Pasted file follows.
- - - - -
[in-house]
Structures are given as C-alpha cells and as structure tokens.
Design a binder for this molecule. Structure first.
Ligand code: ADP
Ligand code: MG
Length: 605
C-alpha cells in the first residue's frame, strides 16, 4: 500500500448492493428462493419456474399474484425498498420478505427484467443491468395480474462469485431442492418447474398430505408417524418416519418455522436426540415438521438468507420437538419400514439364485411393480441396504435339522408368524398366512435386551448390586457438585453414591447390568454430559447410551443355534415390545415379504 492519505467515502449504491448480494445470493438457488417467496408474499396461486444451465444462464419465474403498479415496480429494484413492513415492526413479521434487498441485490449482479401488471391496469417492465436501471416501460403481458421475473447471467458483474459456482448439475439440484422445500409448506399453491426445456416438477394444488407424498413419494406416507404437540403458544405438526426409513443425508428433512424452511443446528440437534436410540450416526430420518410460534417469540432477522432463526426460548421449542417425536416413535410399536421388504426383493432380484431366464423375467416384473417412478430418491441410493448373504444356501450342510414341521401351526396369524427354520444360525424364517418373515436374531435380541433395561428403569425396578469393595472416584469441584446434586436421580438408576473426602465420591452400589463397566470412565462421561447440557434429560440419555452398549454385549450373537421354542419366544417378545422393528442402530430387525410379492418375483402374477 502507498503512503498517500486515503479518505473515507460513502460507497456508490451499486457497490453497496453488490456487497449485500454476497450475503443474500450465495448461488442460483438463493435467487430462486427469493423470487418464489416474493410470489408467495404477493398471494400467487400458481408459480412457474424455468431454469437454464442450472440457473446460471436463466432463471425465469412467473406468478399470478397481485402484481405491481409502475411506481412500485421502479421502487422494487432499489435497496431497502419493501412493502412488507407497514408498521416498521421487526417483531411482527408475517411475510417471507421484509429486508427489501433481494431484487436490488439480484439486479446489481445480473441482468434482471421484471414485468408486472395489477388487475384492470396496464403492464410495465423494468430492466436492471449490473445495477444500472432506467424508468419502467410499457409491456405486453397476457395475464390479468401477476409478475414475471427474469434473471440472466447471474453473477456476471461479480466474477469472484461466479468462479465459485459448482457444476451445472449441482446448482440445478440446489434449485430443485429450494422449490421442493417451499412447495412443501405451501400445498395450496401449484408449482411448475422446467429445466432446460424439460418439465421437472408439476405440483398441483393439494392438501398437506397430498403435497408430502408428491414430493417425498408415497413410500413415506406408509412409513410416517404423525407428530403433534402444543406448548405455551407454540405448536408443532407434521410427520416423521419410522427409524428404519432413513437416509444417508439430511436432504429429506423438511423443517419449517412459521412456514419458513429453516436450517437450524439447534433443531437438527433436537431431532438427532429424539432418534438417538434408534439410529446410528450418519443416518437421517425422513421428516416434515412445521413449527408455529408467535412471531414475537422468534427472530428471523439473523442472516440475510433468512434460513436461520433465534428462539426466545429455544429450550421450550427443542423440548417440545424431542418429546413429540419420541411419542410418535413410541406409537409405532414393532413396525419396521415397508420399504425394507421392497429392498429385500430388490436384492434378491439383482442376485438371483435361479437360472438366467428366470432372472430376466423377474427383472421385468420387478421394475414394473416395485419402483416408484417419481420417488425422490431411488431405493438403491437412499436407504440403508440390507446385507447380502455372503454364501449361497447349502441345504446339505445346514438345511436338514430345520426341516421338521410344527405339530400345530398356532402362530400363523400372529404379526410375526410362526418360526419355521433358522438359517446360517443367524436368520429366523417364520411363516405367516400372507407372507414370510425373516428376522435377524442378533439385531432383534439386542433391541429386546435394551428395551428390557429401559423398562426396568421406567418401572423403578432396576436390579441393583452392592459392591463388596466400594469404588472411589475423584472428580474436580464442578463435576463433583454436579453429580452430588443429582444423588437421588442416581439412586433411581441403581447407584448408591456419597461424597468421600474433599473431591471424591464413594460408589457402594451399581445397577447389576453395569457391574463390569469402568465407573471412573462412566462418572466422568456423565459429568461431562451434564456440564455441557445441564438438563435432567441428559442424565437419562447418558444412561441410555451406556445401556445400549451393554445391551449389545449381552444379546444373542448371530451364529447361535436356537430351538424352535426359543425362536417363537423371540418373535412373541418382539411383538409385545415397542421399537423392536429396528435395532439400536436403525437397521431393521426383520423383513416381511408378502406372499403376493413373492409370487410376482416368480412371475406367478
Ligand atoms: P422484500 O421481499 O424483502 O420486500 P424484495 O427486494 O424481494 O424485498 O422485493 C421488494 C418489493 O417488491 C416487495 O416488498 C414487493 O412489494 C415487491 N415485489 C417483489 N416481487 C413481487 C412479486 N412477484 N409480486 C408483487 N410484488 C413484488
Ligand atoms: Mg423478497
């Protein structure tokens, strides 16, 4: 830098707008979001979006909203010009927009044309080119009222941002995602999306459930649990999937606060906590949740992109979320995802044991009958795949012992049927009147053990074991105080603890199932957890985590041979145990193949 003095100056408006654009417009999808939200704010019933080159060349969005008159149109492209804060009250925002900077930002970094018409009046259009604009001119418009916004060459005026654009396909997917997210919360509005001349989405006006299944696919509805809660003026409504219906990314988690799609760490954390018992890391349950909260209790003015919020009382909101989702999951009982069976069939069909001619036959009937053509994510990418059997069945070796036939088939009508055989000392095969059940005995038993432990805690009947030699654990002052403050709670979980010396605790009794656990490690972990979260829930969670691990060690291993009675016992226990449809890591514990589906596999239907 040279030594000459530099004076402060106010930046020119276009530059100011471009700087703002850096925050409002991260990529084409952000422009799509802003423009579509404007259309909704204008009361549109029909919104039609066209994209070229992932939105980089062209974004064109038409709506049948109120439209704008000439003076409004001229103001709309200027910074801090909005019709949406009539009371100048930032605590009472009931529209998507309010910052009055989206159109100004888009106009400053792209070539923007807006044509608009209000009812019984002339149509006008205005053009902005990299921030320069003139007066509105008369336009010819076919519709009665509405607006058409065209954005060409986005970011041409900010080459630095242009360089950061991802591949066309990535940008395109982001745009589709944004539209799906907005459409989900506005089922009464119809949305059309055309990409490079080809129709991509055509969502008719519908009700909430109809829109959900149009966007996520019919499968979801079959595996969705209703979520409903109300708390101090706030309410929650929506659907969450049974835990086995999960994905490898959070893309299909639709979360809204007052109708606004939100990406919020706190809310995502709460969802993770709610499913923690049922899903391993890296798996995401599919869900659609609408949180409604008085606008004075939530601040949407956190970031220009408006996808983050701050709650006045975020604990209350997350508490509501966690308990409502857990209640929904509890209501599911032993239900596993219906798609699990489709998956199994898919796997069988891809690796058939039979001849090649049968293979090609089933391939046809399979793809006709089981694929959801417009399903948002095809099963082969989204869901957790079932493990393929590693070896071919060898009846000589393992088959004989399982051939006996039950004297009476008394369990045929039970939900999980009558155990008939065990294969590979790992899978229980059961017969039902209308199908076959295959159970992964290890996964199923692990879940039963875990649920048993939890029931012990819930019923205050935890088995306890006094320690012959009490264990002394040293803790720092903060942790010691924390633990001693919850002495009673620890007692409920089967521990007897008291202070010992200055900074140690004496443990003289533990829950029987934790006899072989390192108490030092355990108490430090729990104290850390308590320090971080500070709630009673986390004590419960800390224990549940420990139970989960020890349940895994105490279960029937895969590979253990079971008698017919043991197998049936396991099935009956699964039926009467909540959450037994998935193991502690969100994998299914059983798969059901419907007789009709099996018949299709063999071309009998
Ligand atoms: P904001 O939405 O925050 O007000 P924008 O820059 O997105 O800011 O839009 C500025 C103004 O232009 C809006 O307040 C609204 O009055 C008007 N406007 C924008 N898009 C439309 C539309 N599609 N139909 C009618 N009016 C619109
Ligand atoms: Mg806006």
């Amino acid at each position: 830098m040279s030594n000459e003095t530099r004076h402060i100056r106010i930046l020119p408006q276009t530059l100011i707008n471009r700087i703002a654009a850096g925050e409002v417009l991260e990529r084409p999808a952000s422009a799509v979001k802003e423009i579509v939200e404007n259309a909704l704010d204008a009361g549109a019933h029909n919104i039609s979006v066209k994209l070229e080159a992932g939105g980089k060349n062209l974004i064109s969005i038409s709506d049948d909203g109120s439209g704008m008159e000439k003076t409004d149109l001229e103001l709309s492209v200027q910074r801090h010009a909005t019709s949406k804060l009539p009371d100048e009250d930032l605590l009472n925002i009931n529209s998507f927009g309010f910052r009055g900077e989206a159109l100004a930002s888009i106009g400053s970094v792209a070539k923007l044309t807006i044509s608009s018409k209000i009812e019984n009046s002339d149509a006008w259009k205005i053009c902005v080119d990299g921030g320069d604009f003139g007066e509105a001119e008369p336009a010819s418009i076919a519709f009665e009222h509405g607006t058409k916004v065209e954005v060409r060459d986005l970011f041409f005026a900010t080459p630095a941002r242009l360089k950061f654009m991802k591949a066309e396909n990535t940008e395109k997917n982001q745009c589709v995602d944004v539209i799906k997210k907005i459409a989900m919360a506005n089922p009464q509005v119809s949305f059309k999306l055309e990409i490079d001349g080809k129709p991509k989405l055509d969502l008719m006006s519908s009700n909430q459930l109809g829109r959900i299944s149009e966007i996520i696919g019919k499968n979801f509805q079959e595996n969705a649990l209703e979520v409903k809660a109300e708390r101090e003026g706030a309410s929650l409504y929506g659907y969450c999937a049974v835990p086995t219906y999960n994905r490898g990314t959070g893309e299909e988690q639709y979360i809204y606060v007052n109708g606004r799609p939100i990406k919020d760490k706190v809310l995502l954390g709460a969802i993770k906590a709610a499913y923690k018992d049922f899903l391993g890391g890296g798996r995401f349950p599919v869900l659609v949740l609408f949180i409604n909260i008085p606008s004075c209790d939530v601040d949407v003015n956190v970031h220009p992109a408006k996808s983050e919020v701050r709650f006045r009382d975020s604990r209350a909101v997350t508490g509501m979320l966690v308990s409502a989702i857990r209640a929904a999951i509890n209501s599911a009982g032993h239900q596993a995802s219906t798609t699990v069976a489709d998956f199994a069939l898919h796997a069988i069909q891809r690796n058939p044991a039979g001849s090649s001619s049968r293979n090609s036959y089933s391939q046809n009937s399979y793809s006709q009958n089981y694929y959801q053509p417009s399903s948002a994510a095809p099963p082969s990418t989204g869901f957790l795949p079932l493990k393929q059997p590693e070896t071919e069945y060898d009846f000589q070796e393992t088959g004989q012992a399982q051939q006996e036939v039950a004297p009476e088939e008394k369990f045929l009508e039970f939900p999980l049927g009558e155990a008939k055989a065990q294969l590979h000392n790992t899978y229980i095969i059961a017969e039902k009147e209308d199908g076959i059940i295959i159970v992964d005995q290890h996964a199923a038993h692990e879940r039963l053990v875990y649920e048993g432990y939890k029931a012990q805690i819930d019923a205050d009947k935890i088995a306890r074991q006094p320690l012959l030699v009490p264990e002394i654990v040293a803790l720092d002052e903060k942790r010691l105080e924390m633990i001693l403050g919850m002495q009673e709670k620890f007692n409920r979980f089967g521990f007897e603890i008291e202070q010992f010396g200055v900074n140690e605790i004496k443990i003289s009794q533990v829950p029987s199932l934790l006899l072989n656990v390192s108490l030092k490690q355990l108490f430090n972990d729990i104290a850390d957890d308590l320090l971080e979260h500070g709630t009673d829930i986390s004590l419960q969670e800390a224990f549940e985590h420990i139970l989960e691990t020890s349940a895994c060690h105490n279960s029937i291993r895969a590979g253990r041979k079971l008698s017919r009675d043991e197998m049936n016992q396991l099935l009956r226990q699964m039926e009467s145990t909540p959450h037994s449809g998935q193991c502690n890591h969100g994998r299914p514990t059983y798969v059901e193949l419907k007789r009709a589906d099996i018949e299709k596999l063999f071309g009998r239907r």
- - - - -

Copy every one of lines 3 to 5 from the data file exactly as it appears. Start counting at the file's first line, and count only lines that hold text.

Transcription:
Design a binder for this molecule. Structure first.
Ligand code: ADP
Ligand code: MG